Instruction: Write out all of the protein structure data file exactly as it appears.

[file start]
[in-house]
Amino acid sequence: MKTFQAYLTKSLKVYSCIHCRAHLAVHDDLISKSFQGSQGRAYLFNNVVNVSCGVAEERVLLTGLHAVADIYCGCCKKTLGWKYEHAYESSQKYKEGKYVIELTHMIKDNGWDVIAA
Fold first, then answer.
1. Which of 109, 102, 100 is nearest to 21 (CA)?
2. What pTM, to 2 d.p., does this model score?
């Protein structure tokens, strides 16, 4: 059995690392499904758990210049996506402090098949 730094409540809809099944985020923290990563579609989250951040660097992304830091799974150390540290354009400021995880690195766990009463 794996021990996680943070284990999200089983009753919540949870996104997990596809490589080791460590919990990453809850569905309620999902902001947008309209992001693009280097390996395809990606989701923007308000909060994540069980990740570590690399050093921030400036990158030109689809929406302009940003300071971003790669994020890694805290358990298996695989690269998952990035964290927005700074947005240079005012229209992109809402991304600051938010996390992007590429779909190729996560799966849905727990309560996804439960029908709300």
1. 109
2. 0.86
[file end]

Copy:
[in-house]
Amino acid sequence: MKTFQAYLTKSLKVYSCIHCRAHLAVHDDLISKSFQGSQGRAYLFNNVVNVSCGVAEERVLLTGLHAVADIYCGCCKKTLGWKYEHAYESSQKYKEGKYVIELTHMIKDNGWDVIAA
Fold first, then answer.
1. Which of 109, 102, 100 is nearest to 21 (CA)?
2. What pTM, to 2 d.p., does this model score?
């Protein structure tokens, strides 16, 4: 059995690392499904758990210049996506402090098949 730094409540809809099944985020923290990563579609989250951040660097992304830091799974150390540290354009400021995880690195766990009463 794996021990996680943070284990999200089983009753919540949870996104997990596809490589080791460590919990990453809850569905309620999902902001947008309209992001693009280097390996395809990606989701923007308000909060994540069980990740570590690399050093921030400036990158030109689809929406302009940003300071971003790669994020890694805290358990298996695989690269998952990035964290927005700074947005240079005012229209992109809402991304600051938010996390992007590429779909190729996560799966849905727990309560996804439960029908709300």
1. 109
2. 0.86